The bootstrapping attitude

This is a quick post highlighting a recent change in my mindset that I suppose might be useful to others. (I make no claims that this shift in mindset is clear from the post.)

I used to have a bit of a “failing with abandon” problem. If I wasted most of a day, that meant it was too late to have a “good day”, and it wasn’t very motivating to get up and work on having a “slightly better, but still not very good day”. [I will get around to writing up how motivation works, sometime]. So I would something like give up on my long term goals for that day, and fitter it away.

These days, I have a different attitude. My functionality and effectiveness is a structure that depends on a bunch of different, self-supporting, maintenance processes: exercising, getting enough sleep, having my attention clear, having “everything handled”, doing Deep Work first thing in the morning etc.

These processes are self supporting in that each one makes it easier to do the others. Sort of like a reciprocal structure.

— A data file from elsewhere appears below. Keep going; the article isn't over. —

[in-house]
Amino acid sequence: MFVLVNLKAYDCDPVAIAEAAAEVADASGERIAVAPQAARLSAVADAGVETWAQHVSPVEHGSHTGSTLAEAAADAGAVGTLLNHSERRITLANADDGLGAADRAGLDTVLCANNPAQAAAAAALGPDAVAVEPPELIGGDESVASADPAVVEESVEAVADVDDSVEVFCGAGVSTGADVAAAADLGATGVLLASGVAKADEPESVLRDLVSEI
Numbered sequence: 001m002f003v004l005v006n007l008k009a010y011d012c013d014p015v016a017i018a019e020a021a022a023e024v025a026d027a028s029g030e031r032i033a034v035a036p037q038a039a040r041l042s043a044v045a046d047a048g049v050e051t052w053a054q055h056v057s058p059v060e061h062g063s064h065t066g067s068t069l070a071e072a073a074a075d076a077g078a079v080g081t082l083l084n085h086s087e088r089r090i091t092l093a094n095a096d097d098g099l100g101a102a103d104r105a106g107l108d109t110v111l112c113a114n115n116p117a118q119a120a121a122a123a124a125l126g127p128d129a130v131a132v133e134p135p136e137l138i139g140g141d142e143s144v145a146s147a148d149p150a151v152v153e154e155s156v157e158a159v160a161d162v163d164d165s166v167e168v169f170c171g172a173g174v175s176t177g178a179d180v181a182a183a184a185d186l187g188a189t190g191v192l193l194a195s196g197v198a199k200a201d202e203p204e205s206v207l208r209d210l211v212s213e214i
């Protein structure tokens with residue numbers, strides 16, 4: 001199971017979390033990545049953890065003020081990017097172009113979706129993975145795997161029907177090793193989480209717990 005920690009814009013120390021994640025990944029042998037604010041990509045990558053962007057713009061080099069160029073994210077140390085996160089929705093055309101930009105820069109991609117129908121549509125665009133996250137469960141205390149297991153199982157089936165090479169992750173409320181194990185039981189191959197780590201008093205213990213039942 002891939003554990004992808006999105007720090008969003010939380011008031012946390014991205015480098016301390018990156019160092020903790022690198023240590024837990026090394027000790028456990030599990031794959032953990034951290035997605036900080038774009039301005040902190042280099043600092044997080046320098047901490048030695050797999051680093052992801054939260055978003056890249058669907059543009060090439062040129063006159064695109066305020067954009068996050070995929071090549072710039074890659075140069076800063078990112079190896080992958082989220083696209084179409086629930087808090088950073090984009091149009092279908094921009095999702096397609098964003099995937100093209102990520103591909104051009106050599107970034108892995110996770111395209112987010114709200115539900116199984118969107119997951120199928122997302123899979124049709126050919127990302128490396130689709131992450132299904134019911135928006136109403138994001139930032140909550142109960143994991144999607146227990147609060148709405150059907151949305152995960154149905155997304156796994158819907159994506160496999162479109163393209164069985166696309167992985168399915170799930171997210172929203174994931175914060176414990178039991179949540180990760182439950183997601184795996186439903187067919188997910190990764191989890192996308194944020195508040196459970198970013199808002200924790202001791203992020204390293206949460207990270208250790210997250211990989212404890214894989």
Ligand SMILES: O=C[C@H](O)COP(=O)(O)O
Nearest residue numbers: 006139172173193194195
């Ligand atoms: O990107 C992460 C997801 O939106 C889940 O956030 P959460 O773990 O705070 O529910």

It used to be that when I looked at my lightsheet/ daily checklist and everything was red… Screen Shot 2019-07-14 at 1.52.37 PM

…I felt the weight of how far I was from hitting my goals. That feels un-motivating. What’s the point of pushing myself, if I’m not going to get a payoff?

Now when I look at today’s column, and it’s all red, my response is something like: “Yep, I’m not going to have a “good day” today, my supports are not in place. But I can start bootstrapping.” I can, starting from right here, lay the first of those supports, and start building up momentum.

This resets the reference point: I’m not expecting to have a satisfying productive day, but I can still put pieces in place, so that I can have a day like that soon.

2 thoughts on “The bootstrapping attitude

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